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The volume now presented to the public, the first in a new series of the Collections of the New York Historical Society, is almost exclusively taken up with the annals of the Dutch colonists by whom the arts of civilization were originally planted on the banks of the Hudson. A noble commonwealth has in the limits of their ancient jurisdiction, now rivalling in population and extent some of the monarchies of the old world. Beginning with the first glimpses of a discovery of our sea-coast, it has been our aim to bring together the earliest notices of Hudson's memorable voyage that disclosed the existence of the great river of the mountains,' now better known under the name of the navigator himself, and to collect the scattered traces of the first attempts to colonize the country. The primitive settlements on Manhattan island and near Albany—the gradual spread of population into the interior—the perils and hardships—the difficulties and embarrassments, with which the early colonists had to contend, and their final triumph over them all-respectively come under consideration in the following pages. Yet it should be recollected, that we give in most instances only the materials of history—the original documents to which historians must resort for their guidance-and therefore naked facts and unembellished statements are all that can be expected in the volume.*
It is remarked by Grahame, in his recent elaborate work upon the history of North America, that “ Founders of ancient colonies have sometimes been deified by their successors. New-York is perhaps the only commonwealth whose founders have been covered with ridicule from the same quarter.” Whatever may be thought of the wit and talent displayed in the well-known travesty here alluded to, the regret has often been expressed that a son of New
Lambrechtsen's work would be an exception to this remark in point of style, had it been translated with the elegance of the original. See a fine article upon it, in the ninth volume of the North American Review, (June, 1819,) from the pen of Mr. Verplanck.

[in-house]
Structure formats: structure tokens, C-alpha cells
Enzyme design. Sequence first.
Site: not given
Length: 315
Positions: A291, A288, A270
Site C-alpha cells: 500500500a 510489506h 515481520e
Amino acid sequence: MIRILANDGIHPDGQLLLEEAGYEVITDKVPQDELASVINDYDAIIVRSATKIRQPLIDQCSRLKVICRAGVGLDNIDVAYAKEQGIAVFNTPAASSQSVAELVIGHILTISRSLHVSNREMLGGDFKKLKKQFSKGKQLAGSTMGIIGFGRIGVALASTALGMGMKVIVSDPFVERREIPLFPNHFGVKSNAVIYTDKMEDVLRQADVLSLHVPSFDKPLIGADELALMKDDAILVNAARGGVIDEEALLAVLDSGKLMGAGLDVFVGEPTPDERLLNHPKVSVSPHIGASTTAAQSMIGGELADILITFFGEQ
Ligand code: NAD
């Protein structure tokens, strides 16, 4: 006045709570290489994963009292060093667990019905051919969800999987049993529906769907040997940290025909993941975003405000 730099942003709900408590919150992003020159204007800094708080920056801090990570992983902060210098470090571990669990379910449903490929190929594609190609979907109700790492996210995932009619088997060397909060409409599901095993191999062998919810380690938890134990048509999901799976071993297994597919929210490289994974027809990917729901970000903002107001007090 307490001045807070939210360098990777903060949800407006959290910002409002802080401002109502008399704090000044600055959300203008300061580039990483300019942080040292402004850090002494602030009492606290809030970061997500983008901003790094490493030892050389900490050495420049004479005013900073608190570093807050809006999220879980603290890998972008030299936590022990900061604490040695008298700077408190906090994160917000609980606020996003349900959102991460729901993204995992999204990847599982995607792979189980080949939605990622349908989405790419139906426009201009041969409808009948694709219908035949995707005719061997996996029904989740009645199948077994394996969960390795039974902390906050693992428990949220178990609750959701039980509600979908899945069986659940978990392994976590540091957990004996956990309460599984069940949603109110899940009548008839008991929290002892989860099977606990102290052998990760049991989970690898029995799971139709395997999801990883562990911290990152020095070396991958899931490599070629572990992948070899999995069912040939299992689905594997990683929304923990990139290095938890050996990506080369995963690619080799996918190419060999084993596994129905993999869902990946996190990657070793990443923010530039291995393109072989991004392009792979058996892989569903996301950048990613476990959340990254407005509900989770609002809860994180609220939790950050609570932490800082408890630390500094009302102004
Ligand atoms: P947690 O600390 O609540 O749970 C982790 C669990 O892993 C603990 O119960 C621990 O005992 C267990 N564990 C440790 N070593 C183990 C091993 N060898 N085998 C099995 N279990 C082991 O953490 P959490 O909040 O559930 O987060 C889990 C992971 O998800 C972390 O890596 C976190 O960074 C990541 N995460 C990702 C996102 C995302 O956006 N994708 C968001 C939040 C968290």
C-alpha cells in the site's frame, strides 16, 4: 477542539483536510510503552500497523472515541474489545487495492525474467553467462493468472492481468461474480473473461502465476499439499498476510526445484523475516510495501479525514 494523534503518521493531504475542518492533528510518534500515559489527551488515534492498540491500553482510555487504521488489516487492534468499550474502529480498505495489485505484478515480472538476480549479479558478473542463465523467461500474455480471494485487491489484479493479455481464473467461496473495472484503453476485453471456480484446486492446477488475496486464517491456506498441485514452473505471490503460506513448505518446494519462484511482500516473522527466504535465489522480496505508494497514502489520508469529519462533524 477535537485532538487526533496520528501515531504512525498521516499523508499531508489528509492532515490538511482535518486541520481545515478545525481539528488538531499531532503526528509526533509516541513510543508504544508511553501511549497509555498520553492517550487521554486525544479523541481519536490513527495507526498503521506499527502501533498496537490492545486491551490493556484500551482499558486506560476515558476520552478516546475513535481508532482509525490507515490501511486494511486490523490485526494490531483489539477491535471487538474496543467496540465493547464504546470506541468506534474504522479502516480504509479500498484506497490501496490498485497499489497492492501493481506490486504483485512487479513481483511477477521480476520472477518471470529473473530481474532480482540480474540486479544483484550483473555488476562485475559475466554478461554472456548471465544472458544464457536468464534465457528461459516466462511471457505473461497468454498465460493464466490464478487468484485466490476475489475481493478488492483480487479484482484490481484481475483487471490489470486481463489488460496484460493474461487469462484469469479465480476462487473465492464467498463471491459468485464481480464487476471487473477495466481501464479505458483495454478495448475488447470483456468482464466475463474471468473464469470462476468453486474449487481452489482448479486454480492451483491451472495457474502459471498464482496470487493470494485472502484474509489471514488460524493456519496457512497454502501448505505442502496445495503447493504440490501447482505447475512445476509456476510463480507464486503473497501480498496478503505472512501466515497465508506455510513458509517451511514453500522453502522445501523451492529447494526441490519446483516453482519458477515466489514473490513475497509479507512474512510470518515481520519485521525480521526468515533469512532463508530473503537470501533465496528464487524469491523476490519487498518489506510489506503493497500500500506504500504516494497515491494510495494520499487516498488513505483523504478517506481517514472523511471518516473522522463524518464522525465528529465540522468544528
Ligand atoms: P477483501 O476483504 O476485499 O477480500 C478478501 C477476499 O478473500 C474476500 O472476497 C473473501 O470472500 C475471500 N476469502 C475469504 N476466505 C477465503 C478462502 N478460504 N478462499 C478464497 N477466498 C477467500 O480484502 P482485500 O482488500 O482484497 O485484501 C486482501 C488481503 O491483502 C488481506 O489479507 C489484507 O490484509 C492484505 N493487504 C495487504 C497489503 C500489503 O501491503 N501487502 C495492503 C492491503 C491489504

York should have seen fit to make the fathers of the republic the subjects of a coarse caricature,' in which the inventive ingenuity of the author is only equalled by the grossness of his conceptions. The effort was well suited to the English notions of the Dutch character, too common, perhaps, among ourselves, and thus easily acquired an ill-deserved popularity.
"English writers," says Mr. Verplanck, in his learned discourse before this Society, “have long been accustomed to describe the manners and customs of Holland with a broad and clumsy exaggeration. This is a little injudicious in them, because most of their wit, if wit it may be called, recoils back upon
their own country, and strikingly resembles the flippant ridicule which their own more lively neighbours have lavished upon the hard drinking, the oaths, the gross amusements, the dingy coffee-houses, the boxing matches, the beer, and the coal-smoke of the proud and melancholy islanders. Their old maritime contests and commercial rivalry may serve to excuse this misrepresentation in Englishmen, but for us there is no apology."
The task of preparing and editing the present volume has devolved exclusively upon the subscriber; and if performed in a manner satisfactory to the public, and to those he has the honor to represent, he will be abundantly compensated for the trouble it has cost him. Much labour has been bestowed upon a careful revision of the various translations and in collating them with the original works; more perhaps, than will be apparent to the reader. But in such a variety of materials it is scarcely to be expected that mistakes should not sometimes occur, and he must crave the usual indulgence in such
GEO. FOLSOM, of the Publishing Committees
Now.York, June 1st., 1841.
1. Chancellor Kent's Anniversary Discourse,
V. Van der Donck's Description of New-Netherlands,
X. Letter of Thomas Dermer, &c.
mouth, A.D. 1627,
Report of A. Hudde,
Governor Rising's Report,
Complete List of Officers,